DC8E8 immunotherapy significantly reduces levels of insoluble tau oligomers in transgenic mouse brain
In order to evaluate its therapeutic activity, we administered the candidate therapeutic antibody DC8E8 and mock antibody DC51 to transgenic mice, line R3m/4, expressing mis-disordered human tau under the Thy1 promoter. The transgenic mice show an age-dependent development of NFTs and formation of sarcosyl-insoluble tau oligomers in the brainstem that are associated with the onset of progressive motor dysfunction leading to premature death at 6 to 7 months of age. Transgenic mice received injections first at the age of 2 months and then once per week for 4 months. The mice were killed 1 week after the final dose. We found that DC8E8 therapy significantly reduced the levels of sarcosyl-insoluble tau oligomers (89%) (Figure 3C and D). Strikingly, total tau levels did not differ between the groups (Figure 3A and B).
DC8E8 immunotherapy decreases load of neurofibrillary tangles in brains of transgenic mice expressing mis-disordered tau
To assess the impact of the DC8E8 immunotherapy on the tangle load we carried out an immunohistochemical analysis using two phosphorylation dependent antibodies. Monoclonal antibody AT8 (pSer202/pThr205) recognises all stages of tangle formation[30, 50–53] and antibody pS214 (pSer214) stains predominantly late stages of tangle formation. Treatment of transgenic mice with mock antibody DC51 had no impact on the load of NFTs (Figure 4A and D). However, immunotherapy of transgenic mice with candidate therapeutic antibody DC8E8 significantly reduced early stages (Figure 4B and C) (P < 0.001) and late stages of tangle formation (P < 0.05) (Figure 4E and F) compared to those treated with mock antibody.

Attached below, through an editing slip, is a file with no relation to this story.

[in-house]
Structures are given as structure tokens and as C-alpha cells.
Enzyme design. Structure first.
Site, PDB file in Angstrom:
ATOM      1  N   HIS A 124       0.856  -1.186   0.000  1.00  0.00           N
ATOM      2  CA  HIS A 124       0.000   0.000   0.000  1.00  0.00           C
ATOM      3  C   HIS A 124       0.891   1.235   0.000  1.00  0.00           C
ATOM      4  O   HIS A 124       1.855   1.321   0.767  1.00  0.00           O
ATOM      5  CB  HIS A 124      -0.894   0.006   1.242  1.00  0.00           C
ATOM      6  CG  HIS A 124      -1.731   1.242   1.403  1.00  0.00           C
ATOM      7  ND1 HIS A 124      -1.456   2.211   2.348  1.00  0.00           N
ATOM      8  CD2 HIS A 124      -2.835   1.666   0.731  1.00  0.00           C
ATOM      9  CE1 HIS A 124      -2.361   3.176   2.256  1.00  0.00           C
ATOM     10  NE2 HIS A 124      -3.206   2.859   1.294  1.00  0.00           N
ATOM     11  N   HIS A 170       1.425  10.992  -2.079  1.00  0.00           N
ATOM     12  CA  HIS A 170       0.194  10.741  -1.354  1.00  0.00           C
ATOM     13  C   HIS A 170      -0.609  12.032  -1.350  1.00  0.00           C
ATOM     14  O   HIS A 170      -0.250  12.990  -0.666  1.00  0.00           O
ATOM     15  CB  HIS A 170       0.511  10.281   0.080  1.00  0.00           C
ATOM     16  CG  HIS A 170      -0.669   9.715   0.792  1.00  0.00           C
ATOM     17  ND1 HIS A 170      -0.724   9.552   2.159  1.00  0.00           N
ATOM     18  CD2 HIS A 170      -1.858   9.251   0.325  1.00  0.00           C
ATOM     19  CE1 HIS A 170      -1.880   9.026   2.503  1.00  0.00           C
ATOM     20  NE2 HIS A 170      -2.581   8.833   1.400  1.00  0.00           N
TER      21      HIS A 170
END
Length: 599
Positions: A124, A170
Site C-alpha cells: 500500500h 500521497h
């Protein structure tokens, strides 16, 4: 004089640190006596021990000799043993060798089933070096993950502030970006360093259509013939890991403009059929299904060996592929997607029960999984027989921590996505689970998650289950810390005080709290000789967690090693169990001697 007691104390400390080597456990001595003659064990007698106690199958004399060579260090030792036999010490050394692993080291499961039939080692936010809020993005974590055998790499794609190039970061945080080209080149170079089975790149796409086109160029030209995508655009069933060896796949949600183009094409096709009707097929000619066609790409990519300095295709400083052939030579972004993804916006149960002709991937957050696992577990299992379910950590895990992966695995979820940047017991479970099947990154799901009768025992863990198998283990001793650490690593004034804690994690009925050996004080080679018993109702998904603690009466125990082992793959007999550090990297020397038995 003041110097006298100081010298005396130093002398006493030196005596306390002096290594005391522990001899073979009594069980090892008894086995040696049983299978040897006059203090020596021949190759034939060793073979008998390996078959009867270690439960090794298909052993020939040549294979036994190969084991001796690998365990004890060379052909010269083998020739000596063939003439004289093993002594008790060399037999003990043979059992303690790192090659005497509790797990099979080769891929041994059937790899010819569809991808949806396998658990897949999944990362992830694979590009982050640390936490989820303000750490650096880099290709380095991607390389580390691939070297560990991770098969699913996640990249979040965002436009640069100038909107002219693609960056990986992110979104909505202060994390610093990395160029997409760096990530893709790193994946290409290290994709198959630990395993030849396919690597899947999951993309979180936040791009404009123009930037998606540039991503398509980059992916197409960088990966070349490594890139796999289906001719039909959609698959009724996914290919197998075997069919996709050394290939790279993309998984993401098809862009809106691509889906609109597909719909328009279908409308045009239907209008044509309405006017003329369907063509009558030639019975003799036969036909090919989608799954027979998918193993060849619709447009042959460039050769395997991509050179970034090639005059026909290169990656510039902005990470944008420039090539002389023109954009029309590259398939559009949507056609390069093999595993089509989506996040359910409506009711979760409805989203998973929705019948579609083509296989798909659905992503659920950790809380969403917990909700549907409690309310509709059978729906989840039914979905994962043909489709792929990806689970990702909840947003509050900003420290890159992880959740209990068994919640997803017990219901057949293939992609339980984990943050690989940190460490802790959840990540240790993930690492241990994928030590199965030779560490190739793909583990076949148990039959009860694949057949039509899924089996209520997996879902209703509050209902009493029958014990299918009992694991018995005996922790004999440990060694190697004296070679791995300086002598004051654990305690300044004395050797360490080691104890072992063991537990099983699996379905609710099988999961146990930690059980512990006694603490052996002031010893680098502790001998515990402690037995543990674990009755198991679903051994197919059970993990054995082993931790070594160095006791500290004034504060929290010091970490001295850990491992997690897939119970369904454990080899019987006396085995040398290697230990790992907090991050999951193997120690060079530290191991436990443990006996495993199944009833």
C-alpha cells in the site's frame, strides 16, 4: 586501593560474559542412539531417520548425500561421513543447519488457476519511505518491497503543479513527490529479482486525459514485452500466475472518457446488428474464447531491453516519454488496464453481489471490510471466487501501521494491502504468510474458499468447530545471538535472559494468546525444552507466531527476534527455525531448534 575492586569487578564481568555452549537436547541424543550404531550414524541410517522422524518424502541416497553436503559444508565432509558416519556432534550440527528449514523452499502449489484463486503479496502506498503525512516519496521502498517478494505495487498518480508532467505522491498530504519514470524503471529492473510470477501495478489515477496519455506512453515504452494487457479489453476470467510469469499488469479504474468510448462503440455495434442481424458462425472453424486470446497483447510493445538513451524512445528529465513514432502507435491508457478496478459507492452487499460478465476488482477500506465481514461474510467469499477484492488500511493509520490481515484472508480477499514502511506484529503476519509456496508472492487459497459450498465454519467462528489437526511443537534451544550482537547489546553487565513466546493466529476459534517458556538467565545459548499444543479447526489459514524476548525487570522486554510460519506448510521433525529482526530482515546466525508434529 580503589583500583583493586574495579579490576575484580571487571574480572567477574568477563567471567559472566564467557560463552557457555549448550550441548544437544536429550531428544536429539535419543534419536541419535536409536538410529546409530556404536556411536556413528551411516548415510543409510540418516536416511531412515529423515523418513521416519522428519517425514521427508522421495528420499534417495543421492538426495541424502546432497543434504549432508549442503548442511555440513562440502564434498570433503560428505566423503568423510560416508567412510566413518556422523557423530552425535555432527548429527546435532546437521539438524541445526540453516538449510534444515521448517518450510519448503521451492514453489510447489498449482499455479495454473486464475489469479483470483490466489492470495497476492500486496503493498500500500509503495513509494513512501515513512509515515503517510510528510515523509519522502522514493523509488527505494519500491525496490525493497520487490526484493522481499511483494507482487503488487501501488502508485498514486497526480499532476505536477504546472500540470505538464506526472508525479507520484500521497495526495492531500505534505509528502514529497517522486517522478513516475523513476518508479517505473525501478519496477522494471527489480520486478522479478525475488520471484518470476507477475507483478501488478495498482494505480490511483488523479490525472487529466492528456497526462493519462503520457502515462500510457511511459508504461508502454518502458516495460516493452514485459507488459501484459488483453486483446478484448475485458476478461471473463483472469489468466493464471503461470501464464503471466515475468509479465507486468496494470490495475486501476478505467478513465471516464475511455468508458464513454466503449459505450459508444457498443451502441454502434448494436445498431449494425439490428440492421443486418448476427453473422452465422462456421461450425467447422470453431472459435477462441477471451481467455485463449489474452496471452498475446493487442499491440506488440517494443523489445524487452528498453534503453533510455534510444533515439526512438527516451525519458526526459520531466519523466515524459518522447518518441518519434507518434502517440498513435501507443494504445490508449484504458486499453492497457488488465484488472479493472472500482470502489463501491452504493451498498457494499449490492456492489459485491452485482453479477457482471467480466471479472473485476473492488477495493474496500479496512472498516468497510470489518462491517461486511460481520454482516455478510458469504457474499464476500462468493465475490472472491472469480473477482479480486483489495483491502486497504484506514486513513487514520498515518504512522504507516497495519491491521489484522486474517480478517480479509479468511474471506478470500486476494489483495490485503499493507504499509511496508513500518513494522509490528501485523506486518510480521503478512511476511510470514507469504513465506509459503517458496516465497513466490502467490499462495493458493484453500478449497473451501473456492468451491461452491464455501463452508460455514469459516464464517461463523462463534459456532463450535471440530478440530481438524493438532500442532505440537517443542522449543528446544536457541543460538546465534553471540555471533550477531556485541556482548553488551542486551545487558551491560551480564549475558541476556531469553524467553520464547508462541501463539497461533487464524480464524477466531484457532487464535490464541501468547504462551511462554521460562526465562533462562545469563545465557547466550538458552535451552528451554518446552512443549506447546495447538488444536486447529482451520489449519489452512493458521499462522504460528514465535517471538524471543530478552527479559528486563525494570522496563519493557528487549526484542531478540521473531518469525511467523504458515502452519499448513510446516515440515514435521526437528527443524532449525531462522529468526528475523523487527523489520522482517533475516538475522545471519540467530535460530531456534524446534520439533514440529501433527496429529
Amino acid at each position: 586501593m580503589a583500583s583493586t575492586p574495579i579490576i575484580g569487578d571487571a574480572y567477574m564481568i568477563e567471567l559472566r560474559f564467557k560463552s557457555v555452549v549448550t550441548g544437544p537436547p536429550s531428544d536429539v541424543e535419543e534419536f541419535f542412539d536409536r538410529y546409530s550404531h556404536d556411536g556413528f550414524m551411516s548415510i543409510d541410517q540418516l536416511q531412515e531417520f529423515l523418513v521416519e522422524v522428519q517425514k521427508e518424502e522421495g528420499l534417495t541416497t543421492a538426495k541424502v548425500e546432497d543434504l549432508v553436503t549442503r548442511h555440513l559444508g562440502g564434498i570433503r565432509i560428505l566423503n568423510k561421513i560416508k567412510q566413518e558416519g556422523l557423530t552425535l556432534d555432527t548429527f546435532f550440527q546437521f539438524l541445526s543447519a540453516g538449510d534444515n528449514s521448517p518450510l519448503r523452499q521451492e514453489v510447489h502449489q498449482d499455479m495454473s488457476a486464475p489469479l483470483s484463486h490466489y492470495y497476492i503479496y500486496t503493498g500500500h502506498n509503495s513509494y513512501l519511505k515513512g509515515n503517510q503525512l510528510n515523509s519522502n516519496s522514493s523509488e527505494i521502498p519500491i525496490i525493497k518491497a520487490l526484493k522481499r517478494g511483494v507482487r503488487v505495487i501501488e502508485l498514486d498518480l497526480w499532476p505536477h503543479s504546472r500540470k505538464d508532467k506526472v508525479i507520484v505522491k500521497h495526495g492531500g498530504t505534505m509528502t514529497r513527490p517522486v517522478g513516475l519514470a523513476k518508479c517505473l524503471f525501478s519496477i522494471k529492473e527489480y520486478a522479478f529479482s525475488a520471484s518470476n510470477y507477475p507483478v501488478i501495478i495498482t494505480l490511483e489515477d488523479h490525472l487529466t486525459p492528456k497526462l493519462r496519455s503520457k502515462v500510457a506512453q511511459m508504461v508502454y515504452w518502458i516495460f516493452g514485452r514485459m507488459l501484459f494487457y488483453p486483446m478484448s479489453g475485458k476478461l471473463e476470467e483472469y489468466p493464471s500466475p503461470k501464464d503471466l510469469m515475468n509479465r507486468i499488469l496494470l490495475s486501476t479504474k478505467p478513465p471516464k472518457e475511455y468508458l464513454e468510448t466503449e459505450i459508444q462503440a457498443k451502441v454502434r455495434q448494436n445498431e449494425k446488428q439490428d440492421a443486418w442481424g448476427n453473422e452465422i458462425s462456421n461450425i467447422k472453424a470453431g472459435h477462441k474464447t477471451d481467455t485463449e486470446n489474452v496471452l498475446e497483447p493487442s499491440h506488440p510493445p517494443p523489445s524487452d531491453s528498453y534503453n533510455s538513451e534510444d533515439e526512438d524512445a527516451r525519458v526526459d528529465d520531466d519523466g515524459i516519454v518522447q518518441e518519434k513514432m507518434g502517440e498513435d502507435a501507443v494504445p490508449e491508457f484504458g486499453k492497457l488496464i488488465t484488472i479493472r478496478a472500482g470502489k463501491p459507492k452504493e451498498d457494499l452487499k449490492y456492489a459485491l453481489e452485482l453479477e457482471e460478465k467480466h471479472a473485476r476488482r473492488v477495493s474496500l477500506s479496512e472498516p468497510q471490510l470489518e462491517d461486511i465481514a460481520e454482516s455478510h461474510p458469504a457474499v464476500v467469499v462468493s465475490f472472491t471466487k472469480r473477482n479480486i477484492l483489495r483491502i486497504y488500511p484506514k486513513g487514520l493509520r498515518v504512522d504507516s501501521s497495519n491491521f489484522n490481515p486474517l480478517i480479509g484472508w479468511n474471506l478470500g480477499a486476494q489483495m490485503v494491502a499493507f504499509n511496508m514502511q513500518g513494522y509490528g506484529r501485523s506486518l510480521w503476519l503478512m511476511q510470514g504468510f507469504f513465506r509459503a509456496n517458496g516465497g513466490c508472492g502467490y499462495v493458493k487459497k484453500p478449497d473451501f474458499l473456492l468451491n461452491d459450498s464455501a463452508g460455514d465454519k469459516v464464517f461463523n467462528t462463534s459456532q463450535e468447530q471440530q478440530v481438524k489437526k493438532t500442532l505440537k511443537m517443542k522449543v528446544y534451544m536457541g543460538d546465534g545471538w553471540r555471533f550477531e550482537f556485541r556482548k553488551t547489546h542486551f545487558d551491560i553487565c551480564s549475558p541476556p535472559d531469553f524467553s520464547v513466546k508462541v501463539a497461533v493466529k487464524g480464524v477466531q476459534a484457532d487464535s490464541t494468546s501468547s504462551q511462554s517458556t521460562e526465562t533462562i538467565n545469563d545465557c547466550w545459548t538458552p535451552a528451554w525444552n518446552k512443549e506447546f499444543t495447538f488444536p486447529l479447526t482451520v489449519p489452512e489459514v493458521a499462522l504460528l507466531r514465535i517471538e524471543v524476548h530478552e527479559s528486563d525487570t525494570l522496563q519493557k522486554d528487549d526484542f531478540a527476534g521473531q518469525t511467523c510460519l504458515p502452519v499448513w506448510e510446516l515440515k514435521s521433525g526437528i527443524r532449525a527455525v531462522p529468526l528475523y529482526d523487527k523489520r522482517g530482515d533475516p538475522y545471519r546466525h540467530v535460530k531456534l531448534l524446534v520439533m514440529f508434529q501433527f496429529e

DC8E8 targets four separate structural determinants essential for pathological tau–tau interaction
Epitope mapping of DC8E8 using deletion mutants of human tau protein 2N4R, as well as mapping using tau-derived synthetic peptides, suggested that the DC8E8 binding site is located in the microtubule-binding repeat (MTBR) region of the tau protein. Moreover, this analysis revealed that DC8E8 binds four structural determinants, epitopes, on human tau, each of which is separately located within one MTBR (Figure 5A). Furthermore, DC8E8 displays a significant preference for mis-disordered tau protein deletion mutants (151-391/4R, 297-391/4R, 1-357/4R and 221-441/4R) over the physiological full-length tau isoforms 2N4R and 2N3R (Figure 5A). DC8E8 did not recognise tau constructs where the MTBR region was deleted (tau 2N4RΔ(222-427) and tau 2N4RΔ(257-400)).
To define the minimal epitopes recognised by DC8E8, additional tau peptides (5-mers, 6-mers, 7-mers and 12-mers) derived from each MTBR were designed. All peptides were analysed for their ability to compete with mis-disordered tau (151-391/4R) for binding to DC8E8. As shown in Figure 5B, 6-mer peptides derived from four MTBRs (tau 268–273 from MTBR1, tau 299–304 from MTBR2 identical to tau 362–367 from MTBR4 and tau 330–335 from MTBR3) were able to compete with mis-disordered tau (151-391/4R) for binding to DC8E8. However, removal of either N-terminal histidine (5-mer peptides; tau 269–273, tau 300–304) or the C-terminal glycine (5-mer peptides, tau 268–272, tau 299–303) abolished competition of these peptides with tau (151-391/4R) for binding to DC8E8 (Figure 5B). This shows that the 6-mer peptides with consensus sequence HXPGGG localised in the MTBR region of tau are sufficient for DC8E8 recognition. At the same time, peptides six amino acid residues long encompassing the consensus sequence HXPGGG are necessary to create the three dimensional structure recognized by DC8E8. Thus, we can draw three conclusions. (1) The HXPGGG amino acid sequence represents the minimal epitope, structural determinant on mis-disordered protein tau recognised by DC8E8. (2) The minimal DC8E8 epitope on mis-disordered human tau is present four times as four separate structural determinants, epitopes, each encompassing six amino acids. (3) The primary structure of epitope 1 is 268HQPGGG273 (located within MTBR1), that of epitope 2 is 299HVPGGG304 (located within MTBR2), that of epitope 3 is 330HKPGGG335 (located within MTBR3) and that of epitope 4 is 362HVPGGG367 (located within MTBR4) (Figure 5C).
Atomic structure of DC8E8 binding site recognizing determinants of pathological tau–tau interaction